Use only Non-Ethanol Gasoline – Some premium gases sold in Ontario are High Octane non-ethanol fuels. Although most of our Studebakers were designed to be used with regular gas, all regular gas in Ontario has Ethanol which should be avoided when possible. In Ontario, Shell, Cdn Tire & some Flying J locations sell 91 Octane Premium which has no ethanol and most gas stations in the US sell non-Ethanol Premium gasoline. Visit http://www.e0pc.com/index.php (Ethanol Free premium Coalition) and http://www.pure-gas.org/ (Pure Gas) for the full story.

Insulate your Fuel Line – It comes from Tech Flex and it’s good for 950 degrees F. You install over the fuel line and put ties on it to properly secure it. This cover protects the fuel line from getting too hot and greatly helps in preventing vapourlock. For more info go to www.techflex.com. It’s available at www.wirecare.com for $10 or more depending on size and length.

Install an electric or 5 or 6 blade clutch fan to keep the engine cooler. The stock 4 blade doesn’t always cut it and if you have a V8 that has rust and corrosion in your water jackets, this tends to make the engine run hotter. When Bill Patterson took out a small coffee can of build-up rust and corrosion from the water jackets in the engine block when he was rebuilding my 289, I learned that this is a common occurrence in all V8 designed engines. If you look at the way the engine is installed. It points up at the front end and if the engine’s cooling  system isn’t flushed out regularly it tends to allow accumulation of rust and corrosion in the rear of the engine block water jackets.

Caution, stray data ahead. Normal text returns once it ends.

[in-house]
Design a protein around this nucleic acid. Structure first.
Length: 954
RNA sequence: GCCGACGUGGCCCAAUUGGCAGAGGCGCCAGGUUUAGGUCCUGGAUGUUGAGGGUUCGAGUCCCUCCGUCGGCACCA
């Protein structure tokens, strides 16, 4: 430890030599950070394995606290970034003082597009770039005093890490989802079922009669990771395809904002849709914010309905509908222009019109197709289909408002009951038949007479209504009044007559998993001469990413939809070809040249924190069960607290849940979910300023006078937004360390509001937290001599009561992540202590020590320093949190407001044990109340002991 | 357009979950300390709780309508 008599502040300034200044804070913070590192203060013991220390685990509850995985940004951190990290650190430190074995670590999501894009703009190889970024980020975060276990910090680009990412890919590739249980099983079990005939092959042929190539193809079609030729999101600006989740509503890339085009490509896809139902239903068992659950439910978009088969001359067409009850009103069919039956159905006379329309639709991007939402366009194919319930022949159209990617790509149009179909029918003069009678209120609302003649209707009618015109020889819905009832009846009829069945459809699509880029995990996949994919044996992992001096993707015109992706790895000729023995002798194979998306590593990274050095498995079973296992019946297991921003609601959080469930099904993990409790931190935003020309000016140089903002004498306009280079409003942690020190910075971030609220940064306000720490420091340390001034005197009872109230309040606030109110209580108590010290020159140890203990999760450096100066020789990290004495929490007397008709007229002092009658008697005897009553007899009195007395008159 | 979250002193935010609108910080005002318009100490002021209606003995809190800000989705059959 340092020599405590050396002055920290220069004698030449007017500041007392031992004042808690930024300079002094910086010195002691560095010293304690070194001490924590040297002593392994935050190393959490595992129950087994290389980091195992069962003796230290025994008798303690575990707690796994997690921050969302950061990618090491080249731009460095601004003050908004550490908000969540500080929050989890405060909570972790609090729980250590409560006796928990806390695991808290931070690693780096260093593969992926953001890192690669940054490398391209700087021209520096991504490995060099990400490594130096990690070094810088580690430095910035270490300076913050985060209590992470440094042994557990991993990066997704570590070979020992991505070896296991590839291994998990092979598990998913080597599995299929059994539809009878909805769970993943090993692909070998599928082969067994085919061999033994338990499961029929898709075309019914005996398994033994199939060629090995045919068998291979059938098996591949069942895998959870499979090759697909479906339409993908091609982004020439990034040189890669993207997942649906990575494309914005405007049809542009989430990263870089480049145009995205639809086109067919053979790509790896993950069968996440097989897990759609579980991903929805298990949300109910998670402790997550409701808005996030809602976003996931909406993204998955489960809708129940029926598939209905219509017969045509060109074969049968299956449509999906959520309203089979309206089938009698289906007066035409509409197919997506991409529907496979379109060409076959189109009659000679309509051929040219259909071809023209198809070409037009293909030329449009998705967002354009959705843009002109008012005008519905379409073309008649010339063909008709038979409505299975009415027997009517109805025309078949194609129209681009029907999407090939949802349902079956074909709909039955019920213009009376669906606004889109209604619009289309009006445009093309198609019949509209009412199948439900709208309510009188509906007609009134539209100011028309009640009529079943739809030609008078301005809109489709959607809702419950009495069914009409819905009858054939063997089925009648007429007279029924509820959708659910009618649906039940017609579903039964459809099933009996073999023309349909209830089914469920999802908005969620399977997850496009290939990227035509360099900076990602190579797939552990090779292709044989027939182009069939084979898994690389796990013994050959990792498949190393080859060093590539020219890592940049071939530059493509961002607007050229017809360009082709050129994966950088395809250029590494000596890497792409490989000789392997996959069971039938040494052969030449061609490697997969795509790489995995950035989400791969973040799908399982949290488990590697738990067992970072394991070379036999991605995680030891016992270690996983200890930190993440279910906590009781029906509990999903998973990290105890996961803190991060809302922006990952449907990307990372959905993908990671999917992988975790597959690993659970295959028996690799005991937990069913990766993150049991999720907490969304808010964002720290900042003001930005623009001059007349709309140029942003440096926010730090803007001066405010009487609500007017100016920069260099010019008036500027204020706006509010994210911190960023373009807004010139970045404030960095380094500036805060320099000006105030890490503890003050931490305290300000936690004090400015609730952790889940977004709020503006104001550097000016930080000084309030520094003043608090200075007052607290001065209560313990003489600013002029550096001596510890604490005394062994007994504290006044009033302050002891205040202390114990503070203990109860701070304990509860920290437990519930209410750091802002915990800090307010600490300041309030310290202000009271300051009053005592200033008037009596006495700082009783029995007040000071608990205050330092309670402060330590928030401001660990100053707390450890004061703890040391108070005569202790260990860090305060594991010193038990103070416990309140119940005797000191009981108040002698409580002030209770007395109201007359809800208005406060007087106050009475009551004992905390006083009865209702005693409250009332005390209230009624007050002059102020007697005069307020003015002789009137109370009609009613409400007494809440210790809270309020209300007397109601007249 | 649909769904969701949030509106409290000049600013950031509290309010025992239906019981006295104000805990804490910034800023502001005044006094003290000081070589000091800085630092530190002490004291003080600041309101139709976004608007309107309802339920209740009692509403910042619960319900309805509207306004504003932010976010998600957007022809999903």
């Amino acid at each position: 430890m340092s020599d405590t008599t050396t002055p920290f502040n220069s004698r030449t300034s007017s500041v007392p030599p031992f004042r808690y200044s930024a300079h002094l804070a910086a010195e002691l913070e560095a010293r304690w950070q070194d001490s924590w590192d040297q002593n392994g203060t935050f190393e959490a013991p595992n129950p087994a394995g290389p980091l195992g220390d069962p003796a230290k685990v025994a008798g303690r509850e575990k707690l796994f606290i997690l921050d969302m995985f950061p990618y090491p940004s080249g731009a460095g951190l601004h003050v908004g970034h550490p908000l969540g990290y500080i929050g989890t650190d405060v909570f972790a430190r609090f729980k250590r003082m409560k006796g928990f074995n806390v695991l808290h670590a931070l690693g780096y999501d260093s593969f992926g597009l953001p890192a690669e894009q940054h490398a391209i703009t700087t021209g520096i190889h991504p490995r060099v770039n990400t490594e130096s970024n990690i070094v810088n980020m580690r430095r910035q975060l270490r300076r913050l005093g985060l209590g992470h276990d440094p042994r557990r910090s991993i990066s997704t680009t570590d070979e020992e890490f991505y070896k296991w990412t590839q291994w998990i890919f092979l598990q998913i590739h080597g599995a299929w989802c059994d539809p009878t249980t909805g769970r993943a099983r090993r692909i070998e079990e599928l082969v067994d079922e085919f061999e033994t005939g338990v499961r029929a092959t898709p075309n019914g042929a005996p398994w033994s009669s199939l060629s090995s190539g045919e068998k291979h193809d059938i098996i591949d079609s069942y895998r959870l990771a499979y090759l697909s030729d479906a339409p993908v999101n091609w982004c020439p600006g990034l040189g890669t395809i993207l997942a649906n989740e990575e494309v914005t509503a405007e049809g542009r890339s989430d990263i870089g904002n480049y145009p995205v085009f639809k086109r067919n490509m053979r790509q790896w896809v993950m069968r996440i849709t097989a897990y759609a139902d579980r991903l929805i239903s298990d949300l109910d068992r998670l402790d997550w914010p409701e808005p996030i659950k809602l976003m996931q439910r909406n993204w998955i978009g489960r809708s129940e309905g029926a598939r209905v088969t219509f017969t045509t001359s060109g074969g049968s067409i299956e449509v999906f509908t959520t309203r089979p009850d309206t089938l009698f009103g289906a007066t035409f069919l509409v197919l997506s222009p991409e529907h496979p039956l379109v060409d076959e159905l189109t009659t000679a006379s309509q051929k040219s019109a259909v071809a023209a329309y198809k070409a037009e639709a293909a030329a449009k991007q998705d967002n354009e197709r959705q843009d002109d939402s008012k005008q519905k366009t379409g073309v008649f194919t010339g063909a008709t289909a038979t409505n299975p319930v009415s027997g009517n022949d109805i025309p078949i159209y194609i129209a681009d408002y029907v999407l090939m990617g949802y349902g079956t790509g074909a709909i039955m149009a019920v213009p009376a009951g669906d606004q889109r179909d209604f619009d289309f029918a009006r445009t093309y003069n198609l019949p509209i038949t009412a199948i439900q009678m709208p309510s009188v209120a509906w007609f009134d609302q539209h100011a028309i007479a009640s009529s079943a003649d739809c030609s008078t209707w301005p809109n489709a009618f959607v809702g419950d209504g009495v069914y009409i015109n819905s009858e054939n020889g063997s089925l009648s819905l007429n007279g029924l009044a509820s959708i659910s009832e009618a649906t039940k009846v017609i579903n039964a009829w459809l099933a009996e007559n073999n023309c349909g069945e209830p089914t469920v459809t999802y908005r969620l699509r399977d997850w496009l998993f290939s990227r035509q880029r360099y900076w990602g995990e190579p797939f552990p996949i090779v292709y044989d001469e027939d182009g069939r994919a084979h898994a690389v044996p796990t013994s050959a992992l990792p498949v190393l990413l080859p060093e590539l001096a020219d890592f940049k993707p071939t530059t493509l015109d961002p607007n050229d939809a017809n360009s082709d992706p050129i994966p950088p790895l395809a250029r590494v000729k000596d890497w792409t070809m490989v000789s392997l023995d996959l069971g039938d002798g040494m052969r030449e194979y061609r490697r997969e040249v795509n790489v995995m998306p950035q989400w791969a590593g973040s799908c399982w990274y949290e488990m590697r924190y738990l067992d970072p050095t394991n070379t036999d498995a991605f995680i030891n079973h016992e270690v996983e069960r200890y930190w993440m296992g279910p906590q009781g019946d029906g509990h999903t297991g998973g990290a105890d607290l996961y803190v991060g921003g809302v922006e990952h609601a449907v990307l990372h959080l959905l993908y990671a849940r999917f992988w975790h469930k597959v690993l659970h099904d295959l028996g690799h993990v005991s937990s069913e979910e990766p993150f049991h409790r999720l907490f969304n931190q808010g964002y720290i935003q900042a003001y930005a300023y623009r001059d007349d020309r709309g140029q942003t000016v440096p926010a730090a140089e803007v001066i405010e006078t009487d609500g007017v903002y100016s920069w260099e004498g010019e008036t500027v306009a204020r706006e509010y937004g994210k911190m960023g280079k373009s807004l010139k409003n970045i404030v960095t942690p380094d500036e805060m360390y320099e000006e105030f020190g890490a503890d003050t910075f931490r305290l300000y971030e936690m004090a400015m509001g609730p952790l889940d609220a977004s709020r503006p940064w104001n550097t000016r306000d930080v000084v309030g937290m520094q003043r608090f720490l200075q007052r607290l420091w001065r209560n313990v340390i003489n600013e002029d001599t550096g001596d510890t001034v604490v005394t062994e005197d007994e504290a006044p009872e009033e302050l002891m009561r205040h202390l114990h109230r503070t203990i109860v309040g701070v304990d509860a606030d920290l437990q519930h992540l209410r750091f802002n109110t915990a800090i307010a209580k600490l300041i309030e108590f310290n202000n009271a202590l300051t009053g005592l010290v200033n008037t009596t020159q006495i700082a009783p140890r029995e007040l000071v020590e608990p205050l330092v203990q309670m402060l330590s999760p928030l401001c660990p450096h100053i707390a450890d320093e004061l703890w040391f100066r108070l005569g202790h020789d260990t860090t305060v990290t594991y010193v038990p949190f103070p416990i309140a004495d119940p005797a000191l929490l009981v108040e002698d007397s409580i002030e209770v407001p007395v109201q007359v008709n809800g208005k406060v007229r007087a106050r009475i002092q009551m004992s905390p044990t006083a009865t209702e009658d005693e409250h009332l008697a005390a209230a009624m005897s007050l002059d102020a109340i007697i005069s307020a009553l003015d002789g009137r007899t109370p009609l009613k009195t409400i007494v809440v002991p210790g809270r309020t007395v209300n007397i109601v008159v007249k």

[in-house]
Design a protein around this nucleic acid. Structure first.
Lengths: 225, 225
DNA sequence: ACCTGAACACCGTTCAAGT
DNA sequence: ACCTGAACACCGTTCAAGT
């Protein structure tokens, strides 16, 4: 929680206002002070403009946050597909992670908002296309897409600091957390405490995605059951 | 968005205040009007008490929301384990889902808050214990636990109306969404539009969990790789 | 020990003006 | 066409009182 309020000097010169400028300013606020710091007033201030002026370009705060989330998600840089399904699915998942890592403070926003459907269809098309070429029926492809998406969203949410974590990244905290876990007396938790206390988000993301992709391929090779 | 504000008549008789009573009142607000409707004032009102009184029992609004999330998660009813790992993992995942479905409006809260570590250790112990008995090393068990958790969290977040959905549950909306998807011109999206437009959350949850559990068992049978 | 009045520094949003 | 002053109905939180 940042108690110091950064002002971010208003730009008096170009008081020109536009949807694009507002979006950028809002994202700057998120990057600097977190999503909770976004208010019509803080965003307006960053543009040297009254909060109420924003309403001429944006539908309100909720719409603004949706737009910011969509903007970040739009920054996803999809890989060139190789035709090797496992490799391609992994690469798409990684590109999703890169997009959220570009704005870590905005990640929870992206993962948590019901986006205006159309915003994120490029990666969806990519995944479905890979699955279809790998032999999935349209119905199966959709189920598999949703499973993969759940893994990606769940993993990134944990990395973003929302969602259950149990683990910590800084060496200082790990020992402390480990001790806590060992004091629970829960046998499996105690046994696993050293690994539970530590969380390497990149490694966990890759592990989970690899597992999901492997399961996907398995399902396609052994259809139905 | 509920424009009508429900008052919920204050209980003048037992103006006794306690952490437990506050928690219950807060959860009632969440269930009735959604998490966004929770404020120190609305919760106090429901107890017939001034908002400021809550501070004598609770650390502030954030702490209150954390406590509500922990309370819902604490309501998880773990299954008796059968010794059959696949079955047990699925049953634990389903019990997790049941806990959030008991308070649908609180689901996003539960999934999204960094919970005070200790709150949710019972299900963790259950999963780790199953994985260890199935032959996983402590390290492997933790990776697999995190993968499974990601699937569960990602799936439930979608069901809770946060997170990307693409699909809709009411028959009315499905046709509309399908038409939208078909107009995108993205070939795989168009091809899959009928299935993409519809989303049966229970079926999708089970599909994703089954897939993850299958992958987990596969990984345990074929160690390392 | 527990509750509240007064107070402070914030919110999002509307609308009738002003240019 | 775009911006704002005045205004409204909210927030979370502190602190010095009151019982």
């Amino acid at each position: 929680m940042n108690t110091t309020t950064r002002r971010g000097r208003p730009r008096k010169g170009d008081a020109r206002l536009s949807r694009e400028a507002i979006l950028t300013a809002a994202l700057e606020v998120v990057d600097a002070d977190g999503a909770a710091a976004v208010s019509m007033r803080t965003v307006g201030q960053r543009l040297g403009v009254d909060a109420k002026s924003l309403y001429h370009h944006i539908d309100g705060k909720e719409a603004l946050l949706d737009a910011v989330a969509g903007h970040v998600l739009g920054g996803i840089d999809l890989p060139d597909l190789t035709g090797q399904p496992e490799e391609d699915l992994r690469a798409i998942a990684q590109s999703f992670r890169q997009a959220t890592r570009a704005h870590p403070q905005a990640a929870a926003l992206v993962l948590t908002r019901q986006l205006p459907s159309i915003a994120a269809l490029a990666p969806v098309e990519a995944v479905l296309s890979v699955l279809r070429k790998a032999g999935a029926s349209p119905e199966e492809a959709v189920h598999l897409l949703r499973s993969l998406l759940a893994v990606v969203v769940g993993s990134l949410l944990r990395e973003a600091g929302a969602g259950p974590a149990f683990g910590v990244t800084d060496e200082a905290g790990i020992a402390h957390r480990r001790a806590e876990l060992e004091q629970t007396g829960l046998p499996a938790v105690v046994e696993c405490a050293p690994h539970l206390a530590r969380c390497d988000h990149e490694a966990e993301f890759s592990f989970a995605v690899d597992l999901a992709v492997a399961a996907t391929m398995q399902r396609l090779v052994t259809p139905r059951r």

Install an electric fuel pump – this will ensure you have a constant flow of fuel to the engine, it needs to be installed near the fuel tank and hooked up via an on/off toggle switch under the dash and used mainly for hot summer days when this situation usually happens. Under normal conditions you would leave it off and use the regular mechanical fuel pump. Remember to ensure it’s turned off whenever you stop the engine because it may cause your car to leak out fuel due to the much higher pressure in the fuel line.

You can also install an in-line fuel filter which has a return line to the Fuel Tank as Bob Easton did on his 1960 Lark Convertible. He had the same problem when he went to the Crossroads Zone Meet in Chilicothe, Ohio. He had no problems now driving from Welland to Brockville return during last year’s Studefest.

Final Diagnosis and repair: After breaking down again en-route to the Maple Leaf Tour I proceeded to replace the Intake manifold which saw the original having burnt paint on the middle  portion. I also found that the Heat Riser valve was sticking closed which was the real culprit in this situation. After I replaced the intake manifold, cleaning/resetting the carb and removed the heat riser valve the car has worked fine since and has seen no reoccurrence of this problem. Ethanol Gas is still a problem and I now only use Premium non ethanol gas in all of our vehicles.

Maintaining our Studebakers in these days of unleaded, ethanol based fuels and hot summers has always been a challenge but if you have stalled out under similar conditions then this could be your fix to having a lot more fun and less time being under the hood fixing your car on the side of the road.

For over two years our GT Hawk has been off the road due to a tired engine. After $2500 in parts, machine work and with much assistance from Bill Patterson, the GT Hawk will be out on the road in 2008 with a superbly rebuild 289. I was talking to Bill the other day and he indicated that we should start looking for oil for the newly rebuild engine and I asked what he meant. Well to my great surprise proper oil for our Studebakers is getting very scarce with the news that the new standard for oil is “SM” which has completely eliminated the additive “ZDDP” (zinc dialkyl dithio phosphate). This additive has been present in oil for over 70 years in various content levels and greatly assists in the proper lubrication of camshafts and flat-top lifters in older stock engines (pre-1988) cars or trucks.